{Review} Saving Memories Forever

Over my years of researching, I have been very bad about conducting interviews of my relatives.  I’ve often sat and listened to an interesting story from their childhood, only to realize later that I didn’t take very good notes and there is no way I could retell the story with any sense of details.  I should have recorded them, so I could listen to the stories later – in their own words and voices.

Yes, I know that I could be using my iPhone to take videos or audio clips of interviews.  I’ve used it to video record an interview before, but for some reason it felt awkward to me – holding up my phone while asking questions.  I think I like the idea of an audio recording better.  Something I can simply set down on a table and forget about as we have a conversation about the past.

And yes, I could simply use my phone to record audio of the interviews, but I have to admit that I can be really bad about uploading things from my phone.  They often seem to disappear into some folder on my computer that I can never find again.

When I was approached by the lovely folks at Saving Memories Forever about doing a review of their product, I jumped at the chance.  I love my iPhone and am always looking for useful apps to fill it with.

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I was planning a trip back to my parents’ home in Washington state and thought this would be the perfect opportunity for me to interview my dad.  I’ve been meaning to do it for years, but have always put it off.  He’s an easy person to interview, because he loves to talk.:)

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Before heading out on my trip, I downloaded the app from iTunes and set my account up on my phone.

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Then we drove the five billion hours to Washington state (okay, maybe it was only 30 hours, but it seemed like FOREVER).  I was prepped and ready to interview.

I took a picture of my parents and added them as storytellers.

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Then my dad and I sat outside on the patio on a beautiful summer day with my phone and I started with some of the different prompts listed on the app.

It is organized by the following ages/categories.  Childhood (0-12), Teenage Years (13-19), Adult (20-25), Adult (26-40), Adult (41-55), Adult (56+), Jokes, Philosophy, Religion, Other Stories and Songs.  Most of these have questions/prompts listed under each one.

You can see here, some of the questions that I asked my dad.

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The app was very easy to use.  I simply chose a question and pushed record.  If you record more than one story for each category, it simply names it “story1″, “story 2″ and so on.

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When I was done recording, I quickly uploaded the story onto the website.  It was saved and organized for me to view later.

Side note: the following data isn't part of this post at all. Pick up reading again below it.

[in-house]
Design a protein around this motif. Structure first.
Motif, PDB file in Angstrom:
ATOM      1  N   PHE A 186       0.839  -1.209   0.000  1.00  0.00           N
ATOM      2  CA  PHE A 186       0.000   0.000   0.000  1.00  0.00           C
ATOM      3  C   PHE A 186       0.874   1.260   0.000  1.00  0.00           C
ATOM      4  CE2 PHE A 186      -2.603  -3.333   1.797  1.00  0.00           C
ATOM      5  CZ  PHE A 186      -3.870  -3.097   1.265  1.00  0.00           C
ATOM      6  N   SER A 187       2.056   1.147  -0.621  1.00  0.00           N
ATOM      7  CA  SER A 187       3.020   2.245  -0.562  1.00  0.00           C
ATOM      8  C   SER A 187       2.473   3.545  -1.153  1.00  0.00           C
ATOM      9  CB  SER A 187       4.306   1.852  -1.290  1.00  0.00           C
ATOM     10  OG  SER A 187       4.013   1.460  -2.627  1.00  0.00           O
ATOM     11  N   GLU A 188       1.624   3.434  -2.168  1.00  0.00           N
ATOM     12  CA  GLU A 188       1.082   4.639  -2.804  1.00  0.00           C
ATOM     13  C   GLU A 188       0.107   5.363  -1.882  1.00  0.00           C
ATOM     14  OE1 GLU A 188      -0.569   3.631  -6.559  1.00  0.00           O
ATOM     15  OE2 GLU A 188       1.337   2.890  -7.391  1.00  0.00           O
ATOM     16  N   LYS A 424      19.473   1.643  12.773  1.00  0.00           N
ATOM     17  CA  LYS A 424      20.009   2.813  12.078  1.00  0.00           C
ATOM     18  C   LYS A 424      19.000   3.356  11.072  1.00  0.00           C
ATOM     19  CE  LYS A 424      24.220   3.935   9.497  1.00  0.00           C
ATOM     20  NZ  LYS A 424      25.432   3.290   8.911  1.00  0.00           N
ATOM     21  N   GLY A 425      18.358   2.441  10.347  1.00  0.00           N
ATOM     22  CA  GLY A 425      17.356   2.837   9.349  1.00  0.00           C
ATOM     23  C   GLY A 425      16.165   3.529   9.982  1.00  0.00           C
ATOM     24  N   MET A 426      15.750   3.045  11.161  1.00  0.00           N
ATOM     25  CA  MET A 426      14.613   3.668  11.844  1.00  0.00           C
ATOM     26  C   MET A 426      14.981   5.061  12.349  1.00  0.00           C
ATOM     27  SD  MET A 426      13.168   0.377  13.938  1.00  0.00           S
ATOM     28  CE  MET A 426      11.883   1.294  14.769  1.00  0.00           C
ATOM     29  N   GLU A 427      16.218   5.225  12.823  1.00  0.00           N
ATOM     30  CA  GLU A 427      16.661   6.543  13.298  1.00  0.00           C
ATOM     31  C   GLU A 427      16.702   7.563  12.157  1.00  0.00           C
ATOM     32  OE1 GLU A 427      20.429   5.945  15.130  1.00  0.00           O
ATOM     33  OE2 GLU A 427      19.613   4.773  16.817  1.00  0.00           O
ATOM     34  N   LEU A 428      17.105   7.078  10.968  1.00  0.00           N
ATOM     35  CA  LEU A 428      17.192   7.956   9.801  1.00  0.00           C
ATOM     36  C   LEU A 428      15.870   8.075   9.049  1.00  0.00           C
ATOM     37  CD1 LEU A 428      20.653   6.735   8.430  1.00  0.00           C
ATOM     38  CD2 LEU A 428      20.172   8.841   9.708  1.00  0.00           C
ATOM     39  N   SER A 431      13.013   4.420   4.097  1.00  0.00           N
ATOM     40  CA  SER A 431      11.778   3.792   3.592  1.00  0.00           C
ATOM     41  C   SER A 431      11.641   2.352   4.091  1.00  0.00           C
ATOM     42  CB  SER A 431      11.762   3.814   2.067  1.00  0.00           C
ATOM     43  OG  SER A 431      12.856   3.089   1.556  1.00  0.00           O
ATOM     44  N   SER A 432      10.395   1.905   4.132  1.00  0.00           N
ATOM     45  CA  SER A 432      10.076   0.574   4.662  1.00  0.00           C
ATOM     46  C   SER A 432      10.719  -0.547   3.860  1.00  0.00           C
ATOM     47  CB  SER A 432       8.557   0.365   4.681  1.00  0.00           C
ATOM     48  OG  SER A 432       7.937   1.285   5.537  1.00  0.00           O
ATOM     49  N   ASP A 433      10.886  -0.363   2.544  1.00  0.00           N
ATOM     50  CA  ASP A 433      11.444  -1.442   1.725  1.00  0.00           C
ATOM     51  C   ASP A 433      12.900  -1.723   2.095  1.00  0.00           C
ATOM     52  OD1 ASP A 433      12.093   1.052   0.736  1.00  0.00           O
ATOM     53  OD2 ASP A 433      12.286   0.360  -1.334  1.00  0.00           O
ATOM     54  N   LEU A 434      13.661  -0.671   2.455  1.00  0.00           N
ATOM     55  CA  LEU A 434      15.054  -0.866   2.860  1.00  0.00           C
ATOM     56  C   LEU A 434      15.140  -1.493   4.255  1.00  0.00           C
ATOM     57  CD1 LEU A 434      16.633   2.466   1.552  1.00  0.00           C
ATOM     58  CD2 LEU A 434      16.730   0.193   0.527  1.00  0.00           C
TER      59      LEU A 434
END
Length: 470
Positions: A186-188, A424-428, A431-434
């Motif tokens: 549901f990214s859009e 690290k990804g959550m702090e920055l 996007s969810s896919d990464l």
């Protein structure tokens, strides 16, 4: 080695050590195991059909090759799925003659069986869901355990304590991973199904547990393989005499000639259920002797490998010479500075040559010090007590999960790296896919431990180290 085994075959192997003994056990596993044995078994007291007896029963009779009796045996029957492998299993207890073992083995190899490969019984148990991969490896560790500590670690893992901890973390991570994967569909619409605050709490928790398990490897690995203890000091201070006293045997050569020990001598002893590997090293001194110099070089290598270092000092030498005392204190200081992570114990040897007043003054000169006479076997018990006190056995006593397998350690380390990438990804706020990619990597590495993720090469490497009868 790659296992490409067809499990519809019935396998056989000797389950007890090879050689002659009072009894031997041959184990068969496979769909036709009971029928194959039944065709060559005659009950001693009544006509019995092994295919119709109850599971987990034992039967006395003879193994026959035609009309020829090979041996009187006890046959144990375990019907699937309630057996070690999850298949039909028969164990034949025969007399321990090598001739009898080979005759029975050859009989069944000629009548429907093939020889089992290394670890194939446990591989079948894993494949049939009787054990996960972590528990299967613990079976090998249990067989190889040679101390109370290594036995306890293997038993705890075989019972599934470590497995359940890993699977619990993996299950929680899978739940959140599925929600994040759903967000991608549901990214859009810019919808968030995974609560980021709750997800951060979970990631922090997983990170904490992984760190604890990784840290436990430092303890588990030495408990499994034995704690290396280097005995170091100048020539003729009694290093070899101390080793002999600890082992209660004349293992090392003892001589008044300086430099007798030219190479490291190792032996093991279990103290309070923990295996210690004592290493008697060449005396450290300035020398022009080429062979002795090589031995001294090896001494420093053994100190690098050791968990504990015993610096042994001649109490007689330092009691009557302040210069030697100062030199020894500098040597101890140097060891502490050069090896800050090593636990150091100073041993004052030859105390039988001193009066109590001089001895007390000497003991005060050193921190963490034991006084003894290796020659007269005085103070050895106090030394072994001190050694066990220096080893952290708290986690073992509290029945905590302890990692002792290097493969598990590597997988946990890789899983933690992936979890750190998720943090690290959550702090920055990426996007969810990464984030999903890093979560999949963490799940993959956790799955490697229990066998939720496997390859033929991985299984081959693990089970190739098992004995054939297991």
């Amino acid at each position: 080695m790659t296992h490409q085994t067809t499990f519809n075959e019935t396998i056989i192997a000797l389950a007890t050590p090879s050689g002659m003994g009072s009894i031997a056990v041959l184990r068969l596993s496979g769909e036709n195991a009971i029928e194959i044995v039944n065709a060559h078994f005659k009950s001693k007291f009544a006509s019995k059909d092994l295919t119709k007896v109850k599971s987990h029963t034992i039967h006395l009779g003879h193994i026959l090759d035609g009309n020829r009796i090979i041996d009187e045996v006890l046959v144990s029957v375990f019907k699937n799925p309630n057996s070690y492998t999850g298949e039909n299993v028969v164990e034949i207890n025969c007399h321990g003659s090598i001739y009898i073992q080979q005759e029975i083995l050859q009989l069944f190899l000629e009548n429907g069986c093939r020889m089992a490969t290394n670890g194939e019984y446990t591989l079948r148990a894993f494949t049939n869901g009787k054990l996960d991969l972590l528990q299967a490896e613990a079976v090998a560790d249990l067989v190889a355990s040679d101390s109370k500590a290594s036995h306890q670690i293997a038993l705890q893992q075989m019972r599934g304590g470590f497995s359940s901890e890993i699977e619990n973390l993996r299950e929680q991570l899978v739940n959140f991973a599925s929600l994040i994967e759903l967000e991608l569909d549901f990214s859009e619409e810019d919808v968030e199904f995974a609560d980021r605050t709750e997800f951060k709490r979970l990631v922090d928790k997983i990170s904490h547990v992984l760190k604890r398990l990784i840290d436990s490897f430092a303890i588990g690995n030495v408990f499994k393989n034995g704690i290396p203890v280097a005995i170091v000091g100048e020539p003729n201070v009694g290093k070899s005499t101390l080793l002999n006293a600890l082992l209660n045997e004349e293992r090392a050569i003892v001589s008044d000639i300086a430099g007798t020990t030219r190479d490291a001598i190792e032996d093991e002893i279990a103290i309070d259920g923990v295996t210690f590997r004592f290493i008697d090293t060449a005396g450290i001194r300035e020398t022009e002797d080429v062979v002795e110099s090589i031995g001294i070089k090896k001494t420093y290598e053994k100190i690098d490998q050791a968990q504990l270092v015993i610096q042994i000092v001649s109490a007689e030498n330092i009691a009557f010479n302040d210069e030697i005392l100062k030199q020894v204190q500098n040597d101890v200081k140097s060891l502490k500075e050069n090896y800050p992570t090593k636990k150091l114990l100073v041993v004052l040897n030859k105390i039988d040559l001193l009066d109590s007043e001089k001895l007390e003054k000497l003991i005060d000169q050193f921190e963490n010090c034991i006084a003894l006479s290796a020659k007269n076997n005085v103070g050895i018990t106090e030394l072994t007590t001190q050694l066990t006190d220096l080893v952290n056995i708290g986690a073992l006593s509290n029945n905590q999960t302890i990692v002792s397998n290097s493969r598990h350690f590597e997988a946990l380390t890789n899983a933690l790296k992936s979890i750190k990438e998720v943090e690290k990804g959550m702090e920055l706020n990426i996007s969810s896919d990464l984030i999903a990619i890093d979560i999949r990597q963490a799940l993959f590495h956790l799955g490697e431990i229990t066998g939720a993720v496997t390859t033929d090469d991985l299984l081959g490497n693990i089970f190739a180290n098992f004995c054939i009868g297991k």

When I returned home, I logged into my account on the website and listened back through my stories.  I added tags to each story.  I am considering transcribing them also.  That sounds like a job for one of my teenagers who need practice typing.:)

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I read through the user manual and learned that you can actually use your computer to record stories or record Skype conversations to add also.  This could be very useful for those relatives that you can’t visit in person.

I am planning to use this app on my next visit to Kansas.  My husband’s parents have a ton of great stories to share.

Here is the information on the different levels of membership.  You can be a free subscriber with some restrictions on the number of storytellers and listeners or you can pay $3.99 a month to be a premium subscriber.

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All in all, I think this app and the corresponding website make interviewing family members so much easier than just using the recorder on your phone.  I like that the stories are organized by storyteller and that they can easily be shared through an email to your family members.  I was really surprised with how easy it was to set it all up and upload the stories to the website.

I think the only thing I would change about the app is that I would like the ability to type in my own questions or change the title of the stories afterwards.

I think that it would be useful to prepare specific questions for specific family members before an interview (ie. Tell me about your trip to Alaska in the 1980s or Tell me about how  you broke your leg.).  Even though each recorded story can be tagged, I think it would be easier to organize if you were able to name each story yourself with a descriptive title.  Maybe this is something that could be added in the future?

 

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